Guide for moving to Hawaii from New York

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    Moving to Hawaii from New York is going to be a huge change. It’s about as close to an international relocation as you can get without actually leaving the country. You’ll even need the help of overseas moving companies to do it! The fiftieth state and the relocation to it are just completely unique. So before you embark on this journey, it’s important to learn as much as you can in advance. What is life in Hawaii really like? How different from New York is it? What does relocation to an island look like? And how can you prepare for it all?

    The pros and cons of moving to Hawaii from New York

    Normally, moving overseas means moving to another country. But when you’re moving to Hawaii, you’re still staying within the borders of the United States. And yet, you’ll feel like you went to a whole new planet – that’s how different Hawaii is from New York. So before you hire international household movers to help you relocate there, do your research and decide if this really is the best choice for you. You shouldn’t make such a huge change without being certain about it!

    View of the beach you'll have afer moving to Hawaii from New York.
    Living in Hawaii is the dream for many Americans.

    What do you have to look forward to?

    Living in Hawaii is a completely unique experience. You’ll get to enjoy summer weather all year long, there will be beaches around every corner, and you can grow tropical fruit in your own backyard! It’s a tropical paradise. The lifestyle reflects this too: the pace of life is much slower than it is in New York and everything is far more casual than you’re probably used to. This is precisely what brings so many people to the islands.

    What should you worry about?

    Of course, nothing is ever entirely good or entirely bad. So there is a flip side to the beauty of Hawaii too. The biggest one is the extremely high cost of living. Let’s just say that international moving costs won’t be your biggest problem if you’re moving to Hawaii! Even by New York standards, Hawaii is expensive. Additionally, the earning potential is low as most jobs are part-time and not very well paid. So make sure that you can afford this relocation before you commit to it.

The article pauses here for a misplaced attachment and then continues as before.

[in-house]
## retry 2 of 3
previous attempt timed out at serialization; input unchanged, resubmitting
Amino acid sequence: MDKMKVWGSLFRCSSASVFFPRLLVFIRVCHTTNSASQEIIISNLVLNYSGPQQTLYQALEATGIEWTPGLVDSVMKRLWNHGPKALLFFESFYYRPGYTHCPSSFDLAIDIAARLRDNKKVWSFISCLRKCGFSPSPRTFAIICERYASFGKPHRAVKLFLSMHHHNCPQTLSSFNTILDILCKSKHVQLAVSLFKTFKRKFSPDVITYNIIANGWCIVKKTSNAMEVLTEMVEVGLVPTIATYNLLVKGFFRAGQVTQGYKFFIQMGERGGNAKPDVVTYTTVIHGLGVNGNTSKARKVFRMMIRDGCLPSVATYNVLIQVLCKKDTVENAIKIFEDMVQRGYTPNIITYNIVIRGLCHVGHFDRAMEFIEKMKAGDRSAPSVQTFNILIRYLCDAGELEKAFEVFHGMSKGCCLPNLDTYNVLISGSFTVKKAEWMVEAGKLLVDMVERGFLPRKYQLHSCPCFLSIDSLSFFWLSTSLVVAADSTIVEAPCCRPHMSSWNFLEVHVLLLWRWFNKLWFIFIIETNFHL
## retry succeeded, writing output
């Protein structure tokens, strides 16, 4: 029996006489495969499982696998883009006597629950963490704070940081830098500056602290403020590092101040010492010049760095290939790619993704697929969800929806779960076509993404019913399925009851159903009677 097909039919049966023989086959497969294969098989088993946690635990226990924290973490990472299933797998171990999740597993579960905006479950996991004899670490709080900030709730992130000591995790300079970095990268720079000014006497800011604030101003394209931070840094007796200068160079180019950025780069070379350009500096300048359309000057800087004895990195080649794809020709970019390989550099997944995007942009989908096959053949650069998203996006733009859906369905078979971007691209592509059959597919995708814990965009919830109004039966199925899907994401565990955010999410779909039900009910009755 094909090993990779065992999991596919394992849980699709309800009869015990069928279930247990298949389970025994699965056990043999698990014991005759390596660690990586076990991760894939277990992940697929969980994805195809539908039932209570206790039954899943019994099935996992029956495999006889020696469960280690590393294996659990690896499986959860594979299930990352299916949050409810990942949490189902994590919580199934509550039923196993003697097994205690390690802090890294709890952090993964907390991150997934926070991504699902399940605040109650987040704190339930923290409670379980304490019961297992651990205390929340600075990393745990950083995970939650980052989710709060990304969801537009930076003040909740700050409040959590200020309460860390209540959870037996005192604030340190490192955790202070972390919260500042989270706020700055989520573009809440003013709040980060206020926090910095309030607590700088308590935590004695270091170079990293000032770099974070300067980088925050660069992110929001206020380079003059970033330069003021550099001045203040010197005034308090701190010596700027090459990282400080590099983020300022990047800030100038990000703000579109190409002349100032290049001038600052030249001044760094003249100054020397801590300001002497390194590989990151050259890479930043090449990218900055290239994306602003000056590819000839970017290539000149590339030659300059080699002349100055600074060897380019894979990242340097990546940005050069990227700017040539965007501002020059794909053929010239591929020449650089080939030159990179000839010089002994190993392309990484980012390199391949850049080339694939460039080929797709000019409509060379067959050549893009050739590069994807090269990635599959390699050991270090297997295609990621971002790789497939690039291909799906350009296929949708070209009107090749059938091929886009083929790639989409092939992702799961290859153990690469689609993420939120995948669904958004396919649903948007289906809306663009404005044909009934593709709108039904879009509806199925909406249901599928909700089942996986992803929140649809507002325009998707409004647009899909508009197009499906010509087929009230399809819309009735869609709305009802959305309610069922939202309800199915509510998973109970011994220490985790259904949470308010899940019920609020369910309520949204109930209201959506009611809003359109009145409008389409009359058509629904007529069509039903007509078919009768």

A step-by-step guide for moving to Hawaii from New York

    If you’ve looked into your options and decided that a relocation from NY to Hawaii is the right choice for you, you need to prepare for relocation to the islands. This is not going to be your typical move. So even if you have experience with moving, you should look into the process.

    Decide where to live

    The first thing you need to do is decide where in Hawaii you want to live. Hawaii consists of four major islands (and a number of smaller ones):

    • Oahu – the most populated and busiest island, it offers the best opportunities for work and socialization but also comes with the highest prices and worst traffic
    • Maui – larger than Oahu and about as expensive yet far less populated, Maui offers a lot of outdoors adventures and many diverse locations but not many opportunities for work